To mark the fifth anniversary of the invasion of Iraq, Slate has asked a number of writers who originally supported the war to answer the question, "Why did we get it wrong?" We have invited contributions from the best-known "liberal hawks," many of whom participated in two previous Slate debates about the war, the first before it began in fall of 2002, the second in early 2004.Looking at the "Why did we get it wrong?" page of course i went to the Hitchens page "How Did I Get Iraq Wrong? I didn't,". Didn't find it all that informative. Reading on there is this "Rather than bore you with the answer, here are lessons from the experience." I don't agree with all or most if it. it is however much more informative than the usual and usually insane anti-war talk i read.
1. Question authority: ok
2. Suspicion can become gullibility.
"He was so suspicious of Saddam that he bought—and spread—rumors, lies, and exaggerations about Iraqi WMD."Not so sure about that, but point taken.
3. Beware mission creep.
"But if that was the rationale for going in, why disband the Iraqi army? Remaking Iraq was more than the offense justified and more than we could handle."Yes it was more than was justified by the U.N. and the WMD reasoning. I would argue that the whole Iraqi dictatorship was in part are wholly our creation, a necessity of the Cold War. At the beginning of the current conflict we had a chance to fix our mistake and that should be more than enough to justify the "remaking of Iraq". "More than we could handle"? With the current administration it couldn't be handled efficiently and is unknowable now if it really is. In the end if it was we will fail if not it won't.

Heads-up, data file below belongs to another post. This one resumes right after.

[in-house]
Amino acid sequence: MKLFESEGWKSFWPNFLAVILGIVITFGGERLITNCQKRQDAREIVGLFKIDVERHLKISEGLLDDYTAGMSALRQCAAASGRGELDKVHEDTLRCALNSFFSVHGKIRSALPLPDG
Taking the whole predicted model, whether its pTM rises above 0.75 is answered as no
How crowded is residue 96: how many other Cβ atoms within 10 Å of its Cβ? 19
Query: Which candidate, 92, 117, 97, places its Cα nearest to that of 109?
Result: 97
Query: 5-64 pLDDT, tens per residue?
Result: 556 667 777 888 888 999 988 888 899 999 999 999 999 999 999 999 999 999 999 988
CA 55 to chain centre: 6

4. See new evil. :ok
5. Human nature at home is human nature abroad. :
This is a broad point that I agree with. However a general point does not apply to all cases. In some parts and different times in Iraq help was very much needed. Did we do it to often, yes. If we had set them up for success from the start this would be largely irrelevant to Iraq.
6. Judge the warrior.
"Eventually, I realized that the idea of nonpartisanship meant little next to the lethal reality of incompetence. Corn was right: You have to decide whether you trust the administration, not just the idea of the war. Other Republican administrations have passed that test. Not this one."I agree. We are where we are. I don't think anyone can say that they know that Bush would be this incompetent before we went in. There we signs but they didn't point to it being this bad. It doesn't change where we are now.
7. Know your limits. : I agree it is a lesson, but i don't think it would works in the case of Iraq or if it even applies
8. Consider the opportunity cost.
"Countries that might have supported us in a strike on Iran won't do so now, since we led them astray. Our coffers have been emptied to pay for the Iraq occupation. Our troops are physically and spiritually exhausted. In the name of strength, Bush has made us weak."I agree with this as well. Just don't think it is quite that bleak. The situation can't be changed under Bush but can under a new administration and quickly. Unless the next president goes around with "we're so sorry", "we were so wrong" or "well if you don't think we should" type of statements it will only get worse.
I have the hardest time with "judge the warrior". As true as it may be I can't pull support now because of that. Is food for thought as always.